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Kansas is set to increase benefits for injured workers starting this July

Workers Compensation Kansas
Posted at 2:51 PM, Apr 12, 2024

TOPEKA, Kan. — Kansas will increase what have been among the lowest benefits in the U.S. for workers who are injured or killed on the job under bipartisan legislation that Gov. Laura Kelly signed into law Thursday.

The new law is set to take effect in July and includes the first increases in the state's caps on total workers' compensation benefits since 2011. The bill emerged from talks among business lawyers and labor attorneys, and the Republican-controlled Legislature approved it unchanged and sent it to the Democratic governor with no lawmaker opposing it.

The total benefit for the family of a worker killed on the job will rise from $300,000 to $500,000 and the cap on benefits for a worker whose injury results in a permanent and total disability will jump from $155,000 to $400,000.

Kansas was among only a handful of states that capped benefits for a permanent and total disability, and its cap was the lowest, according to a 2022 report from the nonprofit National Academy of Social Insurance. Its total possible death benefits and its weekly maximum benefits were lower than those in all but a few states.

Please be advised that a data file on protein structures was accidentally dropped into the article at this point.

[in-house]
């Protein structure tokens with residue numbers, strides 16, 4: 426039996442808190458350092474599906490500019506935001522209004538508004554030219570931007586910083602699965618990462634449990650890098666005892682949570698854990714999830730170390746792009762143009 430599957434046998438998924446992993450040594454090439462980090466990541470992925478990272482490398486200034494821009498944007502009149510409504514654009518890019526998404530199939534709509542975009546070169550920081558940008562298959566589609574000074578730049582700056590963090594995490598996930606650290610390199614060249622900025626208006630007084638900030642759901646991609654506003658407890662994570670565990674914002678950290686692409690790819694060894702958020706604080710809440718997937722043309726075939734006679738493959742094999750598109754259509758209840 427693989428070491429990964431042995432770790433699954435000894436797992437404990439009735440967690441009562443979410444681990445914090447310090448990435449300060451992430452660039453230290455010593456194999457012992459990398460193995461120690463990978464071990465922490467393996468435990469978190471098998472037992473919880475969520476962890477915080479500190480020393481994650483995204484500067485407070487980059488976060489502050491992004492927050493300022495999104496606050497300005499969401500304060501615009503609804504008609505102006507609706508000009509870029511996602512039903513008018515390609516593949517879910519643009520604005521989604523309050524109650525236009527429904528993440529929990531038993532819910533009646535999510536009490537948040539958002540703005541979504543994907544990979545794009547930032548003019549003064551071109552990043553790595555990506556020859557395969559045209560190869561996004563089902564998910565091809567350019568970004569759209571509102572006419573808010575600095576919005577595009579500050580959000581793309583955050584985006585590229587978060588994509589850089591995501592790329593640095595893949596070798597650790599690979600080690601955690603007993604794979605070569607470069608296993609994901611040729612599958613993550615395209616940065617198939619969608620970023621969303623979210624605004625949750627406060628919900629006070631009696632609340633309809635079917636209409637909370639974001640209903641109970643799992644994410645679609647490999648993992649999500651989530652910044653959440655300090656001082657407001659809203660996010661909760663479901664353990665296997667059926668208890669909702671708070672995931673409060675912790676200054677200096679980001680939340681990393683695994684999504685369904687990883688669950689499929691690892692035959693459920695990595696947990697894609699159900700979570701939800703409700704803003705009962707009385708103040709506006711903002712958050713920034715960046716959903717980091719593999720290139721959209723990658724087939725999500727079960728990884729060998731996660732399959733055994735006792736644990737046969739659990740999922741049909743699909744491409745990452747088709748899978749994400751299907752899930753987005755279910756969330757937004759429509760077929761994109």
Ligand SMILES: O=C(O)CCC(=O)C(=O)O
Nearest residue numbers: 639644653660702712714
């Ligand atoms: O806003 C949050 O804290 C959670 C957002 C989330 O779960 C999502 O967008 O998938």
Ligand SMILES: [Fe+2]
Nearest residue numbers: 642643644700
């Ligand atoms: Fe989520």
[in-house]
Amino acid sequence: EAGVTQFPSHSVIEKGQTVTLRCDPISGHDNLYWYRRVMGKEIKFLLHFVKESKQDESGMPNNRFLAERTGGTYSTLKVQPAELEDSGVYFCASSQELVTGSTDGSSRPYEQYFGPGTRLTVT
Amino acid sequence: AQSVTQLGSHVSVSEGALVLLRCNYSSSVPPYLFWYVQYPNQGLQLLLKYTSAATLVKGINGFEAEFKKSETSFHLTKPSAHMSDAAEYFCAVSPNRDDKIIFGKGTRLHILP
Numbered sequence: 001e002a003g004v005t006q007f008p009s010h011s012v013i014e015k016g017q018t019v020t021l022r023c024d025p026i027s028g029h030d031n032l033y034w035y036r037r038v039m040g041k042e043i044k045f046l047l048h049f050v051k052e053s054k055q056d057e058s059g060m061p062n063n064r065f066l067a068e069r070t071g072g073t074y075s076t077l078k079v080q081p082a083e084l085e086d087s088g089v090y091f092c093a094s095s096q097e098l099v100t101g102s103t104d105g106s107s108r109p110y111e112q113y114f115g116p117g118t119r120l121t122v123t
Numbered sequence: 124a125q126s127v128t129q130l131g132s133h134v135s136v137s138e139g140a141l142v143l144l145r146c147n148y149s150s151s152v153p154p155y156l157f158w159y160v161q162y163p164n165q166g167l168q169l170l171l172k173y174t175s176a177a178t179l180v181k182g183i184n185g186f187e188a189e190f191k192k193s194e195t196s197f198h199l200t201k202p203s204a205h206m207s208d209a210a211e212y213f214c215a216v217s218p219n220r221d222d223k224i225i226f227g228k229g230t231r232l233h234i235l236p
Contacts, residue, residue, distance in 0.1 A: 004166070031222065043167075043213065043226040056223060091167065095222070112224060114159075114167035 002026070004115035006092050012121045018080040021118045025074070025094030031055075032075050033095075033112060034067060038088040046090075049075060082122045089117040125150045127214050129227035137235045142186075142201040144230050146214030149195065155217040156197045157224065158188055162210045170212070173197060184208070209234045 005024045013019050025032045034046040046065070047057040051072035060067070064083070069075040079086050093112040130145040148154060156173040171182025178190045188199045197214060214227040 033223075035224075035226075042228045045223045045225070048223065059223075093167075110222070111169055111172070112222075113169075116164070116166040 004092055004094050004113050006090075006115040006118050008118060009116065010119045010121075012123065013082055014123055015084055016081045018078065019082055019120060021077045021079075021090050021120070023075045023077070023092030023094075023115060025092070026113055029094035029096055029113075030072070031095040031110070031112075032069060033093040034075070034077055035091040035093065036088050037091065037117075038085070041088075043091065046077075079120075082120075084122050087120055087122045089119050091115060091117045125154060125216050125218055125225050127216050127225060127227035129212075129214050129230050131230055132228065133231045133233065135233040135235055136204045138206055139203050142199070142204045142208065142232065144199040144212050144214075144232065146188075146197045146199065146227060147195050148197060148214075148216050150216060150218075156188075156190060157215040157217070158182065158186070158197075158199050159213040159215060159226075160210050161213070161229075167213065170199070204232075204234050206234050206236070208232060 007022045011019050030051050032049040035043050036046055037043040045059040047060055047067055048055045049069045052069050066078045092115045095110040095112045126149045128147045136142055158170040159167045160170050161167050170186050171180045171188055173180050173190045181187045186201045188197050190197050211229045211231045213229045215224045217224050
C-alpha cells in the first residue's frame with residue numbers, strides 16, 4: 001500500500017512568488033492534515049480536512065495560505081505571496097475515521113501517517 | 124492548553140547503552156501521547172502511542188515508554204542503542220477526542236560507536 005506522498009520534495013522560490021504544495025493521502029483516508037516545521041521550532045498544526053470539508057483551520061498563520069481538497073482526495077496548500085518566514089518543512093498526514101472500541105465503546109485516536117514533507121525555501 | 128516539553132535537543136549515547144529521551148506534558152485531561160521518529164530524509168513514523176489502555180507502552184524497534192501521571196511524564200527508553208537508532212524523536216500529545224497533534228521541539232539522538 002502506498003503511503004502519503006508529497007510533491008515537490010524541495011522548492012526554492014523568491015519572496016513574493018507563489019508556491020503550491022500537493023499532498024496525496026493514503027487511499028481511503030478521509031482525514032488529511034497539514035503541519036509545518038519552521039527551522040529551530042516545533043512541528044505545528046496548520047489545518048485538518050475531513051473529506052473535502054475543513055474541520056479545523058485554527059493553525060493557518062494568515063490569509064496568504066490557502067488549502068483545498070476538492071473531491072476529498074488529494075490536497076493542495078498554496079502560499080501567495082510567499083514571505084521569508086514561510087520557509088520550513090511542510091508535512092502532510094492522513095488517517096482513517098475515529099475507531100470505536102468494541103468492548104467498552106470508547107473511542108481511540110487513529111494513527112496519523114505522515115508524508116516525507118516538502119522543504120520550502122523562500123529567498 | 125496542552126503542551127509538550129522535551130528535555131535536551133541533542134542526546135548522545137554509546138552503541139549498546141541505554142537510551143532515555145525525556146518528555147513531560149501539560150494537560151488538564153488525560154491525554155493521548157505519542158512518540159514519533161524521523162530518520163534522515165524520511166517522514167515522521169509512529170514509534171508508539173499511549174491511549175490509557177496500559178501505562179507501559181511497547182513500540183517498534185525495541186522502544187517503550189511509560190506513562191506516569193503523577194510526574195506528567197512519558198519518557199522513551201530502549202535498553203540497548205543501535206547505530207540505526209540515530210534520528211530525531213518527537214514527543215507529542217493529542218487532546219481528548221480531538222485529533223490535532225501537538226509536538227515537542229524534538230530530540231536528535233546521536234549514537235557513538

“The reforms in this legislation will create a more just and efficient workers compensation system that increases the benefits for injured workers while creating administrative efficiencies and maintaining stability for businesses," Kelly said in a statement.

Labor unions and trial attorneys have argued since the early 1990s that changes meant to hold down businesses' insurance costs often shorted employees. Workers receive benefits set by state law because they can't sue their employers.

The insurance academy's report said the total workers' compensation benefits paid in Kansas per $100 of wages dropped more than 18% between 2016 and 2020 to 59 cents, 13% below the U.S. average of 68 cents.

But Kelly said the new law also will streamline the handling of workers' compensation claims by restricting medical exams, requiring timely exchanges of medical records and allowing claims to be settled without hearings.

"Thankfully, experienced, level-headed professionals on both sides of this issue were able and willing to work together,” said House commerce committee Chair Sean Tarwater, a Kansas City-area Republican.